The death penalty has been a largely debated form of punishment within the criminal justice system of the united states of America since its inception. The law supporting this unkind and unfair sentence was thus, put under scrutiny, and consequently, several death sentences were either overturned or could only be carried out on proportionate grounds by the supreme courts heralding a new era in the criminal justice system of the US. The legal arguments for this decision made by the higher courts were cited in line with the 8th amendment that called for the exclusive considerations on several factors that mainly touched on racial disparities, age of a convict, proper evidence that can incriminate the accused persons, respective human rights action plans against such people, satisfactory judgment delivered either by unanimous decision or a majority of votes by the judges and so on.
This paper reviews several landmark cases scrutinized by the US Supreme Court in relation to the 8th amendments when carrying out the death penalty as a criminal form of punishment. The supreme courts being the highest judicial system satisfactorily made a decision based on the 8th amendment statutes to re-look into criminal cases viewed as cruel or unusual and instead provided an alternative favorable form of punishment such as handing down life sentences or a deserving death penalty. Where upon the latter sentence could only be carried out under properly established legal evidence. For instance, some states were forced to repackage their judicial laws after realizing that the judgment commonly delivered never materialized particularly when the cases involved are referred back to the supreme courts which in turn after careful hearing overturn the rulings in favor of the accused since they are found to be lacking the required thresh hold to meet the 8th amendment standards.
These circumstances instigated several states to re-enact laws governing the death penalty which was a major concern to the supreme courts’ contradiction to the imposition of death sentence arbitrarily. The applications of such fair trials justifying the subsequent sentences handed down by the supreme courts began from the year 1972 after capital punishment was found to be unconstitutionally biased and cruel unless in cases where such sentences were delivered after considering the extra routine endorsement. Following are some of the major landmark cases whose rulings were delivered in response to the statutes of the 8th amendment in accordance with the supreme courts’ concern on the presumed imposition of the death penalty. The cases and the respective judgment on the death penalty jurisprudence handed by the Supreme Court entirely depended on the moral significance culpable by the law and factors of discretion. Some of these factors guiding the justice system can then be categorized under sub-topics such as age, factors on racial disparities, mental state of a convict, proper evidence of aggravating circumstances, method of administering the death penalty, improper judgment, procedure on capital punishment, legislative judgment by some states and so on.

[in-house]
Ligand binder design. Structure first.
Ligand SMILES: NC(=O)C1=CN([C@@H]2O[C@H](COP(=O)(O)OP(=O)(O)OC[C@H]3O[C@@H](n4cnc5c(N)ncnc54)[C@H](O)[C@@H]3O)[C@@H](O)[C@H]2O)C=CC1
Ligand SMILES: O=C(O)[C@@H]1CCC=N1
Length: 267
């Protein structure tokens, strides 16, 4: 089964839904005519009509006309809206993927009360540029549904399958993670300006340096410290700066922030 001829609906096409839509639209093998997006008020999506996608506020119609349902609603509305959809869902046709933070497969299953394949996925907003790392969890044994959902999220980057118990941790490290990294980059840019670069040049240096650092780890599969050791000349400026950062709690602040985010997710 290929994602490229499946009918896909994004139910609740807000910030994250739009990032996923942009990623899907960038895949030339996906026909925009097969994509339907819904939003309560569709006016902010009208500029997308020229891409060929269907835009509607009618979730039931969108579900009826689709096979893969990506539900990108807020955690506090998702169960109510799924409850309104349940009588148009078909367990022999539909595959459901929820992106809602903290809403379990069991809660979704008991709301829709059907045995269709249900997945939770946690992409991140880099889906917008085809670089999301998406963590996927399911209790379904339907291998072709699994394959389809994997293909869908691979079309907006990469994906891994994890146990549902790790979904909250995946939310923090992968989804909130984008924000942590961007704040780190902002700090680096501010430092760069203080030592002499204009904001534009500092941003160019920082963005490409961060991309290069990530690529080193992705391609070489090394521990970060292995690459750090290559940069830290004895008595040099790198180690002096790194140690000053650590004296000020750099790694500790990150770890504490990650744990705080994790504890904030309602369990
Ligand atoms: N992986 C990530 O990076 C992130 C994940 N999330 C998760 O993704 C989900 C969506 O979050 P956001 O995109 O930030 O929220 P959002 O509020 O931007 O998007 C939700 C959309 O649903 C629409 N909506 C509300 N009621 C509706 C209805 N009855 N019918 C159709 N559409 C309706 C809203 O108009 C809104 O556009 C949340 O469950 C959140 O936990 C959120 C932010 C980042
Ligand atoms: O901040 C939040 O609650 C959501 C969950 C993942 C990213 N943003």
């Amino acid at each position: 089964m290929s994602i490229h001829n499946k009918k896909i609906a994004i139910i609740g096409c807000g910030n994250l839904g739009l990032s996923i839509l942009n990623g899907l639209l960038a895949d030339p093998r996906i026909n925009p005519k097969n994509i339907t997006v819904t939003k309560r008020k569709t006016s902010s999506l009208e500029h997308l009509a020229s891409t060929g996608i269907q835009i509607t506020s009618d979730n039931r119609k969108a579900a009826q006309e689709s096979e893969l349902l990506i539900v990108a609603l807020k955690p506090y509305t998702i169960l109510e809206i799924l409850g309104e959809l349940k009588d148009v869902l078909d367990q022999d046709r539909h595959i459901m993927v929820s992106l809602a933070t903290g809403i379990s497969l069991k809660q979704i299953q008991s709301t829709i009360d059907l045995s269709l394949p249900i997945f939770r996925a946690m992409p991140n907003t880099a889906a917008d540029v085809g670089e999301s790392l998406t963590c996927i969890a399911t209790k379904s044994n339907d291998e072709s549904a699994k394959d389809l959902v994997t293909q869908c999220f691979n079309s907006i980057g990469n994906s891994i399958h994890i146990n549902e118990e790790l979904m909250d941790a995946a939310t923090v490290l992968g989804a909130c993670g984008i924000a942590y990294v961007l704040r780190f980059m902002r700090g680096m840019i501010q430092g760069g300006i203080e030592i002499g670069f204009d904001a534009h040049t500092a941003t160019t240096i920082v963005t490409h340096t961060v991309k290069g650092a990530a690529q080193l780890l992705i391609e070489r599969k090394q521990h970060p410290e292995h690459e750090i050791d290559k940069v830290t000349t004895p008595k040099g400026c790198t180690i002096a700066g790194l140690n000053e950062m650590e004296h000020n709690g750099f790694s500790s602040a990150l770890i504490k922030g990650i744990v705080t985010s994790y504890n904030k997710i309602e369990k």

The Supreme Court in accordance with the laws governing the 8th amendment decided that the death penalty for a minor is a harsh kind of penalty. This is supported by the fact that in a 5-4 court ruling, it was labeled unconstitutional when any convict at the time of committing the crime is below the age of 18. Thus, it is morally incorrect to implicate children who commit a crime in relation to adults who have acted in the same way since their respective intentions cannot apply together. An example of such ruling involving a minor was a criminal case for Christopher Simmons who was sentenced for capital murder by death but later overruled; Case, Roper v Simmons (Head, 2010, p. 1).
Another example of such a case in which the age of a convict was contested involved a 15-year-old at the time of committing the crime. William Thompson was sentenced to death after being convicted of murder. Due to this, the Supreme Court overturned the decision of an Oklahoma court by explaining that the execution of the minor violated the eighth amendment statutes; Cited case, Thompson v. Oklahoma (Head, 2010, p. 1).